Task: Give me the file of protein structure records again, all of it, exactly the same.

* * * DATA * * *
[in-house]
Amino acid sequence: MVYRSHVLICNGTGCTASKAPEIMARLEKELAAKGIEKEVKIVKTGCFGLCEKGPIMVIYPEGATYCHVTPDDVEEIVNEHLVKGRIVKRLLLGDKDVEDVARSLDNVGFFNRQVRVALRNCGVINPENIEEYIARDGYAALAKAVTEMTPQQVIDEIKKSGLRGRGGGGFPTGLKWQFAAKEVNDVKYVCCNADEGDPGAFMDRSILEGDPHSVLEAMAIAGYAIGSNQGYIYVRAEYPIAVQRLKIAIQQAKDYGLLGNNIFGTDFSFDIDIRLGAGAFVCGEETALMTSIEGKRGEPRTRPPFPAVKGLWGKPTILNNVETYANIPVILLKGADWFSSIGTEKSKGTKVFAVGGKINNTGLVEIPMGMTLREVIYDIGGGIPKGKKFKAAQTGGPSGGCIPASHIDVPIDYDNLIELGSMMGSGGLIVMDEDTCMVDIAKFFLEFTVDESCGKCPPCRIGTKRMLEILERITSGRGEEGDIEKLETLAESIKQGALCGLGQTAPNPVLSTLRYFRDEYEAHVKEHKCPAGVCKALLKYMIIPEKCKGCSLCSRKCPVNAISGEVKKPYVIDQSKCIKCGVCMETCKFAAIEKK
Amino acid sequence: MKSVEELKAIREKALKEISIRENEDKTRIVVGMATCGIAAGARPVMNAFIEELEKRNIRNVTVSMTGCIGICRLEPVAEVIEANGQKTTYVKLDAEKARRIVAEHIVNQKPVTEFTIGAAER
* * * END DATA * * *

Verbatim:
[in-house]
Amino acid sequence: MVYRSHVLICNGTGCTASKAPEIMARLEKELAAKGIEKEVKIVKTGCFGLCEKGPIMVIYPEGATYCHVTPDDVEEIVNEHLVKGRIVKRLLLGDKDVEDVARSLDNVGFFNRQVRVALRNCGVINPENIEEYIARDGYAALAKAVTEMTPQQVIDEIKKSGLRGRGGGGFPTGLKWQFAAKEVNDVKYVCCNADEGDPGAFMDRSILEGDPHSVLEAMAIAGYAIGSNQGYIYVRAEYPIAVQRLKIAIQQAKDYGLLGNNIFGTDFSFDIDIRLGAGAFVCGEETALMTSIEGKRGEPRTRPPFPAVKGLWGKPTILNNVETYANIPVILLKGADWFSSIGTEKSKGTKVFAVGGKINNTGLVEIPMGMTLREVIYDIGGGIPKGKKFKAAQTGGPSGGCIPASHIDVPIDYDNLIELGSMMGSGGLIVMDEDTCMVDIAKFFLEFTVDESCGKCPPCRIGTKRMLEILERITSGRGEEGDIEKLETLAESIKQGALCGLGQTAPNPVLSTLRYFRDEYEAHVKEHKCPAGVCKALLKYMIIPEKCKGCSLCSRKCPVNAISGEVKKPYVIDQSKCIKCGVCMETCKFAAIEKK
Amino acid sequence: MKSVEELKAIREKALKEISIRENEDKTRIVVGMATCGIAAGARPVMNAFIEELEKRNIRNVTVSMTGCIGICRLEPVAEVIEANGQKTTYVKLDAEKARRIVAEHIVNQKPVTEFTIGAAER